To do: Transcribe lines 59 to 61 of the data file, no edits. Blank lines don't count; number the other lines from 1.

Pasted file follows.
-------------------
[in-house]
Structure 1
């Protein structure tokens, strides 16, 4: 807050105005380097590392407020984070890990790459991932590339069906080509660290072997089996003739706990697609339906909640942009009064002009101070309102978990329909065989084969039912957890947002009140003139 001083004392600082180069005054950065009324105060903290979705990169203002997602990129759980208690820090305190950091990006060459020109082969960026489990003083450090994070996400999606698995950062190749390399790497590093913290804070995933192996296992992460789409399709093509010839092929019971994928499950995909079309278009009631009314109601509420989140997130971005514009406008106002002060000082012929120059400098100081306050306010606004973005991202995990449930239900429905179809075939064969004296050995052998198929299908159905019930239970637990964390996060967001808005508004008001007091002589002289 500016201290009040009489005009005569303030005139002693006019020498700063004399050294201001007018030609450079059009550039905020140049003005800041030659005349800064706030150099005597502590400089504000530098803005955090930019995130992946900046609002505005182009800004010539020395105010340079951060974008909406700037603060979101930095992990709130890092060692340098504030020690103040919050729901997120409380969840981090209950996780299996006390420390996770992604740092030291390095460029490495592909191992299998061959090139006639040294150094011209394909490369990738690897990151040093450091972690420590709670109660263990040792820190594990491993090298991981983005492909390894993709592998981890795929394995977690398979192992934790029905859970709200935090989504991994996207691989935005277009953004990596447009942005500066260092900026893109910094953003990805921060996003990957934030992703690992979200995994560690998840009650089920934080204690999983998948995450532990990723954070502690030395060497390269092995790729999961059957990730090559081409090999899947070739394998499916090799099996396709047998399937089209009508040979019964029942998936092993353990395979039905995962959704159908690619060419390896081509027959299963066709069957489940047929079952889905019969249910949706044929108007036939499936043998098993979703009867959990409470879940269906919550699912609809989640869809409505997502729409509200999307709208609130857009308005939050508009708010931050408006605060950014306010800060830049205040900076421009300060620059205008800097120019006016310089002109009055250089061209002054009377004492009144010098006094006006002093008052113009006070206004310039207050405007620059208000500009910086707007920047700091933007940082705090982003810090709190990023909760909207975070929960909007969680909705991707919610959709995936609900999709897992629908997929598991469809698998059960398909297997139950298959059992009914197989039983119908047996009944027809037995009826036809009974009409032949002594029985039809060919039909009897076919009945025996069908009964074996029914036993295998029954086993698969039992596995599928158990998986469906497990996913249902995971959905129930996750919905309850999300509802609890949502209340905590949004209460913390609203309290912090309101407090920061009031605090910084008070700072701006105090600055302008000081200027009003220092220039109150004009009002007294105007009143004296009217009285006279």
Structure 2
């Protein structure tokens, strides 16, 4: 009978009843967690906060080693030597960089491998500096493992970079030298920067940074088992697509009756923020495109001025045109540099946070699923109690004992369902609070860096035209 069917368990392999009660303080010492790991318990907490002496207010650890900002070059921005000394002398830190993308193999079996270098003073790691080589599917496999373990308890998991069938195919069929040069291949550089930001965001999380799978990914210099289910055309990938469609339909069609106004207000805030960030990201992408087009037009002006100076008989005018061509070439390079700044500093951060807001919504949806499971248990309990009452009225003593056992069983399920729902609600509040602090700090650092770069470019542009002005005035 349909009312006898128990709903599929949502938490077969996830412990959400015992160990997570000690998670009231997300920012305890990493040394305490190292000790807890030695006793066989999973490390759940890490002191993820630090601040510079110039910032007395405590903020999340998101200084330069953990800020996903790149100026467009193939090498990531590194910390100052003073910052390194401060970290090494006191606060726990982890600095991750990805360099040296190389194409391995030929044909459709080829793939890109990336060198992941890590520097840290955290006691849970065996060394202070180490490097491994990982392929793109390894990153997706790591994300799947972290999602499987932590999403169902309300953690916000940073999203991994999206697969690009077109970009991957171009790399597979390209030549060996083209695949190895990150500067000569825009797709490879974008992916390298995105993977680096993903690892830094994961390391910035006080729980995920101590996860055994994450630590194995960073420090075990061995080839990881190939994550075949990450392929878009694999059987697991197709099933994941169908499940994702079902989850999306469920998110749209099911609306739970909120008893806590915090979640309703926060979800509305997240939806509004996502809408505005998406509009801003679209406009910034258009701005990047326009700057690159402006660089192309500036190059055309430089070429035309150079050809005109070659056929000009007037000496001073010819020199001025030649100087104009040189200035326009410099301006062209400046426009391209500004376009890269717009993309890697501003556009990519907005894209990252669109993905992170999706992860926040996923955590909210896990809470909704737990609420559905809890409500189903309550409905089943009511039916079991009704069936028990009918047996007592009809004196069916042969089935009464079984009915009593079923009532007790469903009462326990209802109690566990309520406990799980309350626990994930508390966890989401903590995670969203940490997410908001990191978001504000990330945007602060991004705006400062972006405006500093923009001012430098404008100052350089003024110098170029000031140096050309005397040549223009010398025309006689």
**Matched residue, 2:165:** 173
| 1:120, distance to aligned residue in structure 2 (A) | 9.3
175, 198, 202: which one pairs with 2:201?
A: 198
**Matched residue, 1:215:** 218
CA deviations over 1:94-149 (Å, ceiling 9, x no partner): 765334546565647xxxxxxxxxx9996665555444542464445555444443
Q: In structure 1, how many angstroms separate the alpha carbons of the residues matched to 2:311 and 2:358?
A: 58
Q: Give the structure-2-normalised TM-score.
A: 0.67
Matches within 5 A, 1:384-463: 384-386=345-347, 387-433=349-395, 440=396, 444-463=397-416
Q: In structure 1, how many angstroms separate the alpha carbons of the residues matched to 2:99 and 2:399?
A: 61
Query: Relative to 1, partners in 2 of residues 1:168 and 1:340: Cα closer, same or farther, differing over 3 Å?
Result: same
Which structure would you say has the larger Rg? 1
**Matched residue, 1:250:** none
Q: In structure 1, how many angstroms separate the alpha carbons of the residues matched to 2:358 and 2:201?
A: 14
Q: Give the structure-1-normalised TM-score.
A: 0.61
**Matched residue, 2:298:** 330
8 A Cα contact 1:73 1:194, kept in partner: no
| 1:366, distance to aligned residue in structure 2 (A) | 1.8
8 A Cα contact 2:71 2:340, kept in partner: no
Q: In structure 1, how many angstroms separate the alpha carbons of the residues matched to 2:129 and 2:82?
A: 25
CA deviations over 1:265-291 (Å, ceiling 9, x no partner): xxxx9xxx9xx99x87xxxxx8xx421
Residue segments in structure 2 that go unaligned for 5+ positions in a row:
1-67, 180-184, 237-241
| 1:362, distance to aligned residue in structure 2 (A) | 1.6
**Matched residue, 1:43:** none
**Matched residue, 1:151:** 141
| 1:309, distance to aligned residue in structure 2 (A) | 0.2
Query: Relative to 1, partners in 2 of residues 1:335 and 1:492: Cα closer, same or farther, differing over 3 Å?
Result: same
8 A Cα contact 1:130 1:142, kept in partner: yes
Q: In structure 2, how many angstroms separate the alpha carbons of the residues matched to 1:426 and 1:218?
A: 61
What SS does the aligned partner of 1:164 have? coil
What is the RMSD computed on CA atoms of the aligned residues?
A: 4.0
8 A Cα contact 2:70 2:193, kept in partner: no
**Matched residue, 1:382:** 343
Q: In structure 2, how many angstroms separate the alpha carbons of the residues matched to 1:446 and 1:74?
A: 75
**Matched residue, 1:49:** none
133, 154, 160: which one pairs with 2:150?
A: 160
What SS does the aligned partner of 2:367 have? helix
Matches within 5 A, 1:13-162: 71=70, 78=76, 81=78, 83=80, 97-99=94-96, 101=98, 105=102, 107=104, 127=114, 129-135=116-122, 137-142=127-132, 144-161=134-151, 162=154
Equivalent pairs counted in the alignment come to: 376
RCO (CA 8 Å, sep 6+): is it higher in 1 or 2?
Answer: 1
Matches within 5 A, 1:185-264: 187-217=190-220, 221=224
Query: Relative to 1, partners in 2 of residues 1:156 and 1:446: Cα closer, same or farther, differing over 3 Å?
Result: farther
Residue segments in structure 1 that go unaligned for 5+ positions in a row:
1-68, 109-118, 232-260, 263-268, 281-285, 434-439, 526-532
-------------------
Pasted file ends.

Answer: 1
Matches within 5 A, 1:185-264: 187-217=190-220, 221=224
Query: Relative to 1, partners in 2 of residues 1:156 and 1:446: Cα closer, same or farther, differing over 3 Å?